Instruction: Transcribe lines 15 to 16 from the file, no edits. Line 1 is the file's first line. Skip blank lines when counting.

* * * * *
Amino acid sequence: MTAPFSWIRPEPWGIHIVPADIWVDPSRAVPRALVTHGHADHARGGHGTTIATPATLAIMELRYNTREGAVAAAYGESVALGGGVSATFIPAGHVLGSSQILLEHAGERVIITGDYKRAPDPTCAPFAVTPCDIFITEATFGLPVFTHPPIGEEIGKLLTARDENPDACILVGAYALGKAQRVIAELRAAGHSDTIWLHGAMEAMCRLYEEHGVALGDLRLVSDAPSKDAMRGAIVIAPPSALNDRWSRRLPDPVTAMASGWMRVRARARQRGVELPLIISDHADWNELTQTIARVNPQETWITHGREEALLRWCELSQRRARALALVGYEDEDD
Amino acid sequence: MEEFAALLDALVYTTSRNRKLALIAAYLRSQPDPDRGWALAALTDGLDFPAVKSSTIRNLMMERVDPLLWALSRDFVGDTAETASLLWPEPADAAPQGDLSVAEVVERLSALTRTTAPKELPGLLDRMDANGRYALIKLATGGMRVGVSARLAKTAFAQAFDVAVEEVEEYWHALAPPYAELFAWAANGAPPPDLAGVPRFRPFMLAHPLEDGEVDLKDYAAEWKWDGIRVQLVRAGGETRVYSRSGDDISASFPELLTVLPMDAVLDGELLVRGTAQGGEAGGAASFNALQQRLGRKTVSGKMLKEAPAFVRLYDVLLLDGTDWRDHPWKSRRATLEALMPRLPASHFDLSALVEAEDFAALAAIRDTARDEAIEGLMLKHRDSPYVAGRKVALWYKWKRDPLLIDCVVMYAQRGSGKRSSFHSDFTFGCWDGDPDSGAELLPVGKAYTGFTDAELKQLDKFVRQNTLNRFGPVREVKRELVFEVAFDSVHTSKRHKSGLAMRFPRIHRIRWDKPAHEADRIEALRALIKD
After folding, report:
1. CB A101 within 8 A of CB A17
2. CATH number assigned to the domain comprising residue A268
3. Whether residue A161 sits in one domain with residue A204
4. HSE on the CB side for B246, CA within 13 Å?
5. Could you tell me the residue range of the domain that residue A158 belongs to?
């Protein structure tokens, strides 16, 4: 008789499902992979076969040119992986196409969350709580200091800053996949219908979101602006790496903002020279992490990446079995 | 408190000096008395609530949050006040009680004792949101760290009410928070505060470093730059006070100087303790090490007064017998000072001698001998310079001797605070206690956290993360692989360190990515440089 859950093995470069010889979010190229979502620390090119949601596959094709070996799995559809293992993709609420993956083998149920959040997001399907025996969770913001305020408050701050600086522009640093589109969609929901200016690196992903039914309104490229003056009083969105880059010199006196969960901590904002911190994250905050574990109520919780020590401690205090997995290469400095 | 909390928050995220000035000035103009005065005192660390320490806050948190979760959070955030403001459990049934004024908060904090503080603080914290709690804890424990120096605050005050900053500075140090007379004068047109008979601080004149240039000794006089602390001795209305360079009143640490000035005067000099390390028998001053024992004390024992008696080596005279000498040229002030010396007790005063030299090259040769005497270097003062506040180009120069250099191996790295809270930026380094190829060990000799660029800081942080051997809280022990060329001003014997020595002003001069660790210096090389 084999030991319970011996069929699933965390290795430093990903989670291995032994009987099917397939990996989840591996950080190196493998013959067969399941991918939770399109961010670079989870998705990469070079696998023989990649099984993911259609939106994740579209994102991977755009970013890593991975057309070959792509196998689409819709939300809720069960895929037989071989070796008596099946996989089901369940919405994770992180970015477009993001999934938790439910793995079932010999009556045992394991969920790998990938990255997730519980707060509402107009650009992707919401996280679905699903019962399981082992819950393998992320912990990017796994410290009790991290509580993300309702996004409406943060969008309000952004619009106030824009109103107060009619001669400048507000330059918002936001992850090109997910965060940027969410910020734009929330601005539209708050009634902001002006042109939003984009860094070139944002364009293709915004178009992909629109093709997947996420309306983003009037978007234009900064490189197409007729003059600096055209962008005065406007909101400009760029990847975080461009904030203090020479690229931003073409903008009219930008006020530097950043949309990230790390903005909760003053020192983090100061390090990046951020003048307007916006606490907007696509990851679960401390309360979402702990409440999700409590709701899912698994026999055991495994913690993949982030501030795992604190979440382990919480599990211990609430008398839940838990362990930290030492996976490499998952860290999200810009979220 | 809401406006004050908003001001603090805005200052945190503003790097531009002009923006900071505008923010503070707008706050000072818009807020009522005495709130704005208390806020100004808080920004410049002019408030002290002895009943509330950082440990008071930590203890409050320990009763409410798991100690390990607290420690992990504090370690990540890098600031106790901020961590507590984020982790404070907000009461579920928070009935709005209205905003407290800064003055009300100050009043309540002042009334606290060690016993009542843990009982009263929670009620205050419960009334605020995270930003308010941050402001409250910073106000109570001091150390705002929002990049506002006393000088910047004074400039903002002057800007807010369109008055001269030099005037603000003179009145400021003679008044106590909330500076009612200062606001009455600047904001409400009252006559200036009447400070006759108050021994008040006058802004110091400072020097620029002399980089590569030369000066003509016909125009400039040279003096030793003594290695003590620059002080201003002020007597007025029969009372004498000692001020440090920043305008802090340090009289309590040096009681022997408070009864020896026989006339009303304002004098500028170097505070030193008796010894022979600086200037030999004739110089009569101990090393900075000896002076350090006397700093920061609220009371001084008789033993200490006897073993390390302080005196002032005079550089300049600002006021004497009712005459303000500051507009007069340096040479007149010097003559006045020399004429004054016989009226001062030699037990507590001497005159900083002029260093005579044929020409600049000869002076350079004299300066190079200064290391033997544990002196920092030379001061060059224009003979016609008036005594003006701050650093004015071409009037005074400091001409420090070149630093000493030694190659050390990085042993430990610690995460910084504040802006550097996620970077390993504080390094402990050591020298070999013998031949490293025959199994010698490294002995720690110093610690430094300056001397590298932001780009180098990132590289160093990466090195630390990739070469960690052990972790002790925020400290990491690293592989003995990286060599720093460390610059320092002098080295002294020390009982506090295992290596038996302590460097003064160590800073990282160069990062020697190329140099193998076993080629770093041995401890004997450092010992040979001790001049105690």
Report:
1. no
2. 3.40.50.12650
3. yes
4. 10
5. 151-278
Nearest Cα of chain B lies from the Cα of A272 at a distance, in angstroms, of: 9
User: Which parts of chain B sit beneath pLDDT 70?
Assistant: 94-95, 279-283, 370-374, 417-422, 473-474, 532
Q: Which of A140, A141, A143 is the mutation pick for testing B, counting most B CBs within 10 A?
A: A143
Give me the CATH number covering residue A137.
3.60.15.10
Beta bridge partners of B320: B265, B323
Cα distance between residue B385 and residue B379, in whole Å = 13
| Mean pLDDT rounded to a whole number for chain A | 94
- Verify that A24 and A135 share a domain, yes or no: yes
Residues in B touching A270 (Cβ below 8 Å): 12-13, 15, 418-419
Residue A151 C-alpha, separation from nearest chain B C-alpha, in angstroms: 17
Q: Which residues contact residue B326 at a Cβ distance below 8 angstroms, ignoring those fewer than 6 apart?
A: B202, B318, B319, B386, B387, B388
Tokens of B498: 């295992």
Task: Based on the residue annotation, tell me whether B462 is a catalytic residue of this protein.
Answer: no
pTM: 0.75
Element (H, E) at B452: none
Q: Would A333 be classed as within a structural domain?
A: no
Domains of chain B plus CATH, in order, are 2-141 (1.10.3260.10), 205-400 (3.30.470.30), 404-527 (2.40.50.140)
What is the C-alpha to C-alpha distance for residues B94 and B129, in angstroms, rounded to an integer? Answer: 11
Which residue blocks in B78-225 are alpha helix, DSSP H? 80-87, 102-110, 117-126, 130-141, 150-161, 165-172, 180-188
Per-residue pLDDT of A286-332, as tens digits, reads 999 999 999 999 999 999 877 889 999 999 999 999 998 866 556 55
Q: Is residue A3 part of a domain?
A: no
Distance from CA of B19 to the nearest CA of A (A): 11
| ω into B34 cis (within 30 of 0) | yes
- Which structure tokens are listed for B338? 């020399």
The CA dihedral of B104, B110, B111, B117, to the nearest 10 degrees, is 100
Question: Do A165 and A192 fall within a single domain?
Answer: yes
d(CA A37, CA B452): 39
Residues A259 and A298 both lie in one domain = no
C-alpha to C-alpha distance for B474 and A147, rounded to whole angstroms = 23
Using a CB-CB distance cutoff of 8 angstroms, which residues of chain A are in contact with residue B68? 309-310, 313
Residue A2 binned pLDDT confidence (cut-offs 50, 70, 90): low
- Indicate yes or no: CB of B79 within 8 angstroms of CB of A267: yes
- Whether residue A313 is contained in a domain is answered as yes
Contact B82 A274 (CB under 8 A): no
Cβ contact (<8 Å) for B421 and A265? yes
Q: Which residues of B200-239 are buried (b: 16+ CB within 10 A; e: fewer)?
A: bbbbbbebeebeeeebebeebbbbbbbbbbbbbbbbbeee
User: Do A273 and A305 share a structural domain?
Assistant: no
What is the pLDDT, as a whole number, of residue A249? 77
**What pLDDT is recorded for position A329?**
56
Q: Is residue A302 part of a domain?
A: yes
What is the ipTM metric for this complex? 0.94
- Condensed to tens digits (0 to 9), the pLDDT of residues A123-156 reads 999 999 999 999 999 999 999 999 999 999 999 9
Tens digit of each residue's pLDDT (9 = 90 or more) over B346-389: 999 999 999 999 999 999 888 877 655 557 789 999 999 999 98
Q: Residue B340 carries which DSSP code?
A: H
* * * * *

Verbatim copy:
5. 151-278
Nearest Cα of chain B lies from the Cα of A272 at a distance, in angstroms, of: 9